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Rosberg: I thought I’d got him nine times!

6 April 2014


Nico Rosberg admitted on the Bahrain Grand Prix podium just how much he disliked coming second to Mercedes team-mate Lewis Hamilton, but also conceded that the pair had enjoyed an epic battle before coming home 1-2 for the second race running.

The German had qualified on pole position for round three of the championship, but lost the lead to his team-mate on the run to turn one. From then on, it was an aggressive game of cat-and-mouse between the pair, with Rosberg looking for ways to pass the Briton, only to be rebuffed or see Hamilton cut back in front on the exit of the corner.

“I thought I'd got him about nine times, but they didn't work,” the German sighed, “He always got the run back on me and he did a good job. That's it. Lewis is obviously a great driver and made it work. Next time I need to do better!”

Asked if he was aware just how close the pair had come to possible disaster, Rosberg admitted that it had been hard to get a read on the situation.

“Because it's difficult to see, you don't see him,” he noted, “I don't see where he is at times, I really don't know because there's a big dead angle in the car and so when it's so close, so many times I didn't know where he was. That's where I thought 'okay, now I've got him' and then, all of a sudden, he reappeared again!”

Having fallen behind his team-mate, Rosberg's side of the garage decided to continue with a plan to run a different strategy to Hamilton, fitting the harder medium compound tyres at the German's first stop, allowing him to return for the more competitive softs for the final run to the flag. When the safety car appeared to cover the clear-up of Esteban Gutierrez's wrecked Sauber, it gave Rosberg an even greater chance of success, but he remained thwarted.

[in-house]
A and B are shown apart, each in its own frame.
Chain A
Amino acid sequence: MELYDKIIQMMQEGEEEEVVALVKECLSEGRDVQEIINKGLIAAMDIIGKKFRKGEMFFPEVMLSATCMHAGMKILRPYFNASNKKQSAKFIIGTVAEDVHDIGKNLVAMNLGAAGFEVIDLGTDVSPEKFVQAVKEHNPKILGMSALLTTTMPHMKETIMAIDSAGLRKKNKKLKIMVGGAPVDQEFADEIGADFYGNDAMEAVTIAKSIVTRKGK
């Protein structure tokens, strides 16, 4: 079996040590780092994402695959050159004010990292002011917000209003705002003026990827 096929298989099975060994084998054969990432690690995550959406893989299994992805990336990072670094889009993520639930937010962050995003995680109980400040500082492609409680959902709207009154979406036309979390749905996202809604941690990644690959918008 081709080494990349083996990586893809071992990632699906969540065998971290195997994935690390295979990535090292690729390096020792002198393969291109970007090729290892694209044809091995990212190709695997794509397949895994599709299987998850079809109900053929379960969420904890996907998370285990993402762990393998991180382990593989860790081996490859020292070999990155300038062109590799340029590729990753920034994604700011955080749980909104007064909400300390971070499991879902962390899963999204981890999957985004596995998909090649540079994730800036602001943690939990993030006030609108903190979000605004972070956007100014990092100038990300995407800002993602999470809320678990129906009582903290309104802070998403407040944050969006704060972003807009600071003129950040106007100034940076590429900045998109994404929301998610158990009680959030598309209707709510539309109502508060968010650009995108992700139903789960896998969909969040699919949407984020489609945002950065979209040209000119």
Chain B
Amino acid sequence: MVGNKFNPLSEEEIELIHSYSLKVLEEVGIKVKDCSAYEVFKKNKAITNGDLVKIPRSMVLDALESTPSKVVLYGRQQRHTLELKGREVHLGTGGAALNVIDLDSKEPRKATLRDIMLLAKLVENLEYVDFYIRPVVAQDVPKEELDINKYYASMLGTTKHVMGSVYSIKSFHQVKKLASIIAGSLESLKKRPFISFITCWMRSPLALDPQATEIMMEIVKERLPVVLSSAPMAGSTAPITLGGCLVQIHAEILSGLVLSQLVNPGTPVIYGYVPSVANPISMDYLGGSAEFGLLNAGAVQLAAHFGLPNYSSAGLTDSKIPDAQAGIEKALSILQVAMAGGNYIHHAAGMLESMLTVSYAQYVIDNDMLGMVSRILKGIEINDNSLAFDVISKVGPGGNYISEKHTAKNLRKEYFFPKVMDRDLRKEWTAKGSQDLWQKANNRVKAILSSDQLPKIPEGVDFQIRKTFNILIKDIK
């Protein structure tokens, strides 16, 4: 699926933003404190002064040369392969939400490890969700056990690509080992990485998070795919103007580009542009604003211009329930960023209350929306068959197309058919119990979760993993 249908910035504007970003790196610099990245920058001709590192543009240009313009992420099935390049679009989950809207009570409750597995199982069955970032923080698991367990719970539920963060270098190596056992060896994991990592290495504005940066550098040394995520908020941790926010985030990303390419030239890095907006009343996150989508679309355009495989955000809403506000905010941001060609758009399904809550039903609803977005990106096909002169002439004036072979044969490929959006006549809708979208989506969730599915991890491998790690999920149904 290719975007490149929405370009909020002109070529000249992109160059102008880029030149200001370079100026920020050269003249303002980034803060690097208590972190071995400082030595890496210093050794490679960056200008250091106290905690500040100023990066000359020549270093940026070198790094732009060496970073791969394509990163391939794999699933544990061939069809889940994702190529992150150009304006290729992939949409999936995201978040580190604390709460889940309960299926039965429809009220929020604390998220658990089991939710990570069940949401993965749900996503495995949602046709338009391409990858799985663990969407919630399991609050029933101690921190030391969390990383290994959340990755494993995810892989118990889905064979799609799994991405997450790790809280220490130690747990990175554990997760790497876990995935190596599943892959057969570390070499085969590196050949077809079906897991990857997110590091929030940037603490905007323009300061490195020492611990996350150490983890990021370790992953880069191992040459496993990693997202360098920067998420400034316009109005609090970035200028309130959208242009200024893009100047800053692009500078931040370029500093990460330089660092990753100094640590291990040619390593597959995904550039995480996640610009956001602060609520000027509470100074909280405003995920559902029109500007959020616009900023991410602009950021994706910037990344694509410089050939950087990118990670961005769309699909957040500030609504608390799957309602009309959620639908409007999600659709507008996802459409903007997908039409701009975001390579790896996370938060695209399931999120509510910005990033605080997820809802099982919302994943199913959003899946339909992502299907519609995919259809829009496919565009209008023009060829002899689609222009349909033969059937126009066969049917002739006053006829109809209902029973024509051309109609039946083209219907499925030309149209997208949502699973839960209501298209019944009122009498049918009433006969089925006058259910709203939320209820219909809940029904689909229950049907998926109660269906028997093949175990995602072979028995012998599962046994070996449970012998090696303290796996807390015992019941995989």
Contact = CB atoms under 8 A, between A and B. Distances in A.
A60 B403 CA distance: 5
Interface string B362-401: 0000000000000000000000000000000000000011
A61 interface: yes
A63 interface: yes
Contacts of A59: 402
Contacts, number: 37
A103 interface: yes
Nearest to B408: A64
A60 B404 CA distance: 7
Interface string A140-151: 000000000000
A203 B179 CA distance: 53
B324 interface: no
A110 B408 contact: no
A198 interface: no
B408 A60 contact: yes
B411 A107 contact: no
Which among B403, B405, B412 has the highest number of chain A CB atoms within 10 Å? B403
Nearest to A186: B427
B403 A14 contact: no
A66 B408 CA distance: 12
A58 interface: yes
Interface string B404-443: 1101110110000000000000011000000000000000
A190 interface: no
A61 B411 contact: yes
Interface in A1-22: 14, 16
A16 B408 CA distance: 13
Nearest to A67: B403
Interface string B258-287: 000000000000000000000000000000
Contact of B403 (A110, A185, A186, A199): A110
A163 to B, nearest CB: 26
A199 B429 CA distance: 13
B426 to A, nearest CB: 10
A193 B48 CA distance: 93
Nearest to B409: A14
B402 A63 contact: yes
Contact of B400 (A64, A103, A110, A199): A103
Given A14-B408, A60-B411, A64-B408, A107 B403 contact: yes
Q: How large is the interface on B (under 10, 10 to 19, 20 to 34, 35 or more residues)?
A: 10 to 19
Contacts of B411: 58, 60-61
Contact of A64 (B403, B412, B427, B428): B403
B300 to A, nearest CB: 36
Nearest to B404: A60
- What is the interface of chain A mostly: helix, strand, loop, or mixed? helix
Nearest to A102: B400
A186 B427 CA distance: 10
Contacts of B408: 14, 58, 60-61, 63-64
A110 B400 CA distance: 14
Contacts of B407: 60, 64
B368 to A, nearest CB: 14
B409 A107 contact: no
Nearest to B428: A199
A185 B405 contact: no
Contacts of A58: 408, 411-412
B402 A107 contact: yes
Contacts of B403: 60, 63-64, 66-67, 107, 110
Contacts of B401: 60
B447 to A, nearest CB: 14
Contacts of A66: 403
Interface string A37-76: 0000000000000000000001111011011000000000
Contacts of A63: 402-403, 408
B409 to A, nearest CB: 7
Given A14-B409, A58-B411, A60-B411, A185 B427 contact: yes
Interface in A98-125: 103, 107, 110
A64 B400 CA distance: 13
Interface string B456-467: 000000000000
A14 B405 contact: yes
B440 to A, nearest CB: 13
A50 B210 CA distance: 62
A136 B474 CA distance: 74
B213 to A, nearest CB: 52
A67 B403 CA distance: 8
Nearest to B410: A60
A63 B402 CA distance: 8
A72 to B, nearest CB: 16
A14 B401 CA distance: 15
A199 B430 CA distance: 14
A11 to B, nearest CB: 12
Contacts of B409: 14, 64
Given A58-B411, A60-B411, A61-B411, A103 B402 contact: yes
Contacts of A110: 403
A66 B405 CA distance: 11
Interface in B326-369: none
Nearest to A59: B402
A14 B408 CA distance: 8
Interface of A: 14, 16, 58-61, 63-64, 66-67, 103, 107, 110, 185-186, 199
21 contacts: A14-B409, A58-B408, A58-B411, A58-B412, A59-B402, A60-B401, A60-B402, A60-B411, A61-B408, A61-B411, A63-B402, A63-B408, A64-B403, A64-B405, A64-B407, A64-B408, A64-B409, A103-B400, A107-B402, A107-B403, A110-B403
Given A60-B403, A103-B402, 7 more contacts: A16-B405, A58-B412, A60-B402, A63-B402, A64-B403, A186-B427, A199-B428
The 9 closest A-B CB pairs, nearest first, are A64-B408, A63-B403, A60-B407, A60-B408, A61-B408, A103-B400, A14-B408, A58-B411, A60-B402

“We tried to invert the strategies, just to give me a shot at the end,” he confirmed, “That was the plan before the race, so it worked out well. I tried to keep a good pace on the prime, knowing that I'd have a shot again at the end with the option and it was a good battle but, unfortunately, we couldn't make it happen today.”

Behind the safety car, both drivers were asked by technical chief Paddy Lowe to ensure that they brought the cars home in one piece – but that did not prevent them from continuing to run wheel-to-wheel over the final ten laps.

“I was well aware that the whole world was thinking 'here we go, Silver Arrows'
team orders, finally they're there',” Rosberg admitted, “That was clear to me, but it wasn't that at all, it was just 'guys, make sure that you get these cars to the finish, don't break them, don't crash'.

“The message was clear anyway, [and it wasn't] really necessary to give such a message because we know that. We drive very hard but, in the end, with the necessary respect. At no time were we at risk of taking both cars out. There was always the necessary margin - it might not have looked like it on TV, but there was. It was good racing.

“We're free to race all the way and, in the end, I just got a bit more overheating on the tyres in the last three laps because I was pushing so hard in the slipstream, with less grip, sliding a lot, and I couldn't get close enough any more.

“The team played it as fair as they possibly could today, letting us race flat out. I don't think you need more evidence than you saw that we're here to race this year and there's no team orders. We want to put on an amazing show for you guys out there, and today we managed that. Of course, that's the small positive, but I really don't like coming second!”


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